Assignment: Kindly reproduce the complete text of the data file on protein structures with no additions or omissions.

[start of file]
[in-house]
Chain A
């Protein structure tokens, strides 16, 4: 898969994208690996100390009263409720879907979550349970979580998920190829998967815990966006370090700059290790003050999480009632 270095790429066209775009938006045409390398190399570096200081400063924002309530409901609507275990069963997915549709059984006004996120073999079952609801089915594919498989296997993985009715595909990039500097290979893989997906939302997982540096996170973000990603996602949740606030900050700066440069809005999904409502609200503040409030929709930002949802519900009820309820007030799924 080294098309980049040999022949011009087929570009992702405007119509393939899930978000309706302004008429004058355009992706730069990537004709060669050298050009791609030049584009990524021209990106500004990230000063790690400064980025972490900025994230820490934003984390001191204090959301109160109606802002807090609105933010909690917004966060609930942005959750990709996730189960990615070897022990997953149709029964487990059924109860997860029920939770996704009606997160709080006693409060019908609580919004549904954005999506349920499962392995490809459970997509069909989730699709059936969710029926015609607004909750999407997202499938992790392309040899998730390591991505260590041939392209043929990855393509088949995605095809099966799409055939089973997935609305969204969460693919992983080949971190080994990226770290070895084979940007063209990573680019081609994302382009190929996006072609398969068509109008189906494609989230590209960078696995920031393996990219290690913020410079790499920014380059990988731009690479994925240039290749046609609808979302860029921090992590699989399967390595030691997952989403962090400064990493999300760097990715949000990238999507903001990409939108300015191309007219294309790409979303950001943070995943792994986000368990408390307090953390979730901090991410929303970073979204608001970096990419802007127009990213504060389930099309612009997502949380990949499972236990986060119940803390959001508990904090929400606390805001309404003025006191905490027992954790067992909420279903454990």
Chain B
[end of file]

[in-house]
Chain A
């Protein structure tokens, strides 16, 4: 898969994208690996100390009263409720879907979550349970979580998920190829998967815990966006370090700059290790003050999480009632 270095790429066209775009938006045409390398190399570096200081400063924002309530409901609507275990069963997915549709059984006004996120073999079952609801089915594919498989296997993985009715595909990039500097290979893989997906939302997982540096996170973000990603996602949740606030900050700066440069809005999904409502609200503040409030929709930002949802519900009820309820007030799924 080294098309980049040999022949011009087929570009992702405007119509393939899930978000309706302004008429004058355009992706730069990537004709060669050298050009791609030049584009990524021209990106500004990230000063790690400064980025972490900025994230820490934003984390001191204090959301109160109606802002807090609105933010909690917004966060609930942005959750990709996730189960990615070897022990997953149709029964487990059924109860997860029920939770996704009606997160709080006693409060019908609580919004549904954005999506349920499962392995490809459970997509069909989730699709059936969710029926015609607004909750999407997202499938992790392309040899998730390591991505260590041939392209043929990855393509088949995605095809099966799409055939089973997935609305969204969460693919992983080949971190080994990226770290070895084979940007063209990573680019081609994302382009190929996006072609398969068509109008189906494609989230590209960078696995920031393996990219290690913020410079790499920014380059990988731009690479994925240039290749046609609808979302860029921090992590699989399967390595030691997952989403962090400064990493999300760097990715949000990238999507903001990409939108300015191309007219294309790409979303950001943070995943792994986000368990408390307090953390979730901090991410929303970073979204608001970096990419802007127009990213504060389930099309612009997502949380990949499972236990986060119940803390959001508990904090929400606390805001309404003025006191905490027992954790067992909420279903454990």
Chain B